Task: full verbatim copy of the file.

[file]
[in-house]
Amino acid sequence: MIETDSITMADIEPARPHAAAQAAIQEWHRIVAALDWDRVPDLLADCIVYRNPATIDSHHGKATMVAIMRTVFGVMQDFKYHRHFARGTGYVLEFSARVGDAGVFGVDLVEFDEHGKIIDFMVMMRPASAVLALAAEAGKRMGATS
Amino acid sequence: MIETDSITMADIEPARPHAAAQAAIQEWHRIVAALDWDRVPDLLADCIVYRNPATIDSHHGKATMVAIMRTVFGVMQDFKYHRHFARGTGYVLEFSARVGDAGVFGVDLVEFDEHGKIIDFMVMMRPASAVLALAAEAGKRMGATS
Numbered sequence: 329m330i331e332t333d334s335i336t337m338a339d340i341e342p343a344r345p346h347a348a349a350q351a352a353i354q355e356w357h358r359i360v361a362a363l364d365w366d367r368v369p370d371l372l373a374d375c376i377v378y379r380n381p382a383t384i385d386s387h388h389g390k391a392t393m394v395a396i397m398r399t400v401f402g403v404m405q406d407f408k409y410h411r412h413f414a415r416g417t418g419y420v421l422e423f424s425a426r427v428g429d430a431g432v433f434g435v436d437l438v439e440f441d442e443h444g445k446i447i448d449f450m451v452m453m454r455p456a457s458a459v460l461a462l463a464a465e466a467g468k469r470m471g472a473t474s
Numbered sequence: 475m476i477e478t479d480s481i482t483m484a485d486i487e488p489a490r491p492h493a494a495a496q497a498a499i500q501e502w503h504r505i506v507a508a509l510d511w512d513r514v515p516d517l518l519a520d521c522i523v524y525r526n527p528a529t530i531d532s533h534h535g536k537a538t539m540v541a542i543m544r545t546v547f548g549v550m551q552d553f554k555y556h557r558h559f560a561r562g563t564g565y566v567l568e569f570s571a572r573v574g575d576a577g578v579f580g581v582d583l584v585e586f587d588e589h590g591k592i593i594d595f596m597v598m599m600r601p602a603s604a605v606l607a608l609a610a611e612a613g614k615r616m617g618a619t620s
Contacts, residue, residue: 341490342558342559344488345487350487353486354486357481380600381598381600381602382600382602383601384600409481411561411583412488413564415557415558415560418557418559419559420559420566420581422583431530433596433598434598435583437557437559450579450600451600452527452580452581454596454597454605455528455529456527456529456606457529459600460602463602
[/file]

[in-house]
Amino acid sequence: MIETDSITMADIEPARPHAAAQAAIQEWHRIVAALDWDRVPDLLADCIVYRNPATIDSHHGKATMVAIMRTVFGVMQDFKYHRHFARGTGYVLEFSARVGDAGVFGVDLVEFDEHGKIIDFMVMMRPASAVLALAAEAGKRMGATS
Amino acid sequence: MIETDSITMADIEPARPHAAAQAAIQEWHRIVAALDWDRVPDLLADCIVYRNPATIDSHHGKATMVAIMRTVFGVMQDFKYHRHFARGTGYVLEFSARVGDAGVFGVDLVEFDEHGKIIDFMVMMRPASAVLALAAEAGKRMGATS
Numbered sequence: 329m330i331e332t333d334s335i336t337m338a339d340i341e342p343a344r345p346h347a348a349a350q351a352a353i354q355e356w357h358r359i360v361a362a363l364d365w366d367r368v369p370d371l372l373a374d375c376i377v378y379r380n381p382a383t384i385d386s387h388h389g390k391a392t393m394v395a396i397m398r399t400v401f402g403v404m405q406d407f408k409y410h411r412h413f414a415r416g417t418g419y420v421l422e423f424s425a426r427v428g429d430a431g432v433f434g435v436d437l438v439e440f441d442e443h444g445k446i447i448d449f450m451v452m453m454r455p456a457s458a459v460l461a462l463a464a465e466a467g468k469r470m471g472a473t474s
Numbered sequence: 475m476i477e478t479d480s481i482t483m484a485d486i487e488p489a490r491p492h493a494a495a496q497a498a499i500q501e502w503h504r505i506v507a508a509l510d511w512d513r514v515p516d517l518l519a520d521c522i523v524y525r526n527p528a529t530i531d532s533h534h535g536k537a538t539m540v541a542i543m544r545t546v547f548g549v550m551q552d553f554k555y556h557r558h559f560a561r562g563t564g565y566v567l568e569f570s571a572r573v574g575d576a577g578v579f580g581v582d583l584v585e586f587d588e589h590g591k592i593i594d595f596m597v598m599m600r601p602a603s604a605v606l607a608l609a610a611e612a613g614k615r616m617g618a619t620s
Contacts, residue, residue: 341490342558342559344488345487350487353486354486357481380600381598381600381602382600382602383601384600409481411561411583412488413564415557415558415560418557418559419559420559420566420581422583431530433596433598434598435583437557437559450579450600451600452527452580452581454596454597454605455528455529456527456529456606457529459600460602463602